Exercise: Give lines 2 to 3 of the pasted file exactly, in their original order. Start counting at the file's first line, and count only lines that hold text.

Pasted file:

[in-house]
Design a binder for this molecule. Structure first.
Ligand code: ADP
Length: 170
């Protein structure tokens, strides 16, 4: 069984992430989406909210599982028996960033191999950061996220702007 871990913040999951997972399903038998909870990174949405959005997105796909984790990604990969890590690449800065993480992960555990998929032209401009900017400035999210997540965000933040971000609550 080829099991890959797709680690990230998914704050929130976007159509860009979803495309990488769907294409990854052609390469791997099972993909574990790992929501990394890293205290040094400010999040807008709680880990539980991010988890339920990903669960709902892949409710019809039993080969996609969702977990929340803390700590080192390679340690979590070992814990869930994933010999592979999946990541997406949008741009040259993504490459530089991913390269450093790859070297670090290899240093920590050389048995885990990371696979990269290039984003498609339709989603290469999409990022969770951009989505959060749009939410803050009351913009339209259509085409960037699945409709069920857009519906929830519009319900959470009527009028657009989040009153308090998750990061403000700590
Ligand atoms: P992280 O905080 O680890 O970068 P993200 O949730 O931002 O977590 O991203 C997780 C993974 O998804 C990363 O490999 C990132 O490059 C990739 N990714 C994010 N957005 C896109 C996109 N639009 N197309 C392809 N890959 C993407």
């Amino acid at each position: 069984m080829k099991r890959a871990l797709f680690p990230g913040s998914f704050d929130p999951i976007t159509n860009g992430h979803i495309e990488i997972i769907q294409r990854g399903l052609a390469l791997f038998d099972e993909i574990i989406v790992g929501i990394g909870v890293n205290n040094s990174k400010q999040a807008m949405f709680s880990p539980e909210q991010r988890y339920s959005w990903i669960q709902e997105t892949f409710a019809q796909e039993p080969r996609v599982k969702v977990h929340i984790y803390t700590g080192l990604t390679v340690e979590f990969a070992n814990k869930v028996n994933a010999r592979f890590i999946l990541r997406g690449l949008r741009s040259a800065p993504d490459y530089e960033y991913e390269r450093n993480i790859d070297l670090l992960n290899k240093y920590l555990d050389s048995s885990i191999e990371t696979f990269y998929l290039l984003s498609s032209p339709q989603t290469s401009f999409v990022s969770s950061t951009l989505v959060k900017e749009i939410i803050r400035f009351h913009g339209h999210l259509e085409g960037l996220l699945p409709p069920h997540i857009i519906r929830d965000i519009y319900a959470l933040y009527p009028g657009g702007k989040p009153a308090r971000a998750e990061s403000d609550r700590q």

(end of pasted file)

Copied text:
Design a binder for this molecule. Structure first.
Ligand code: ADP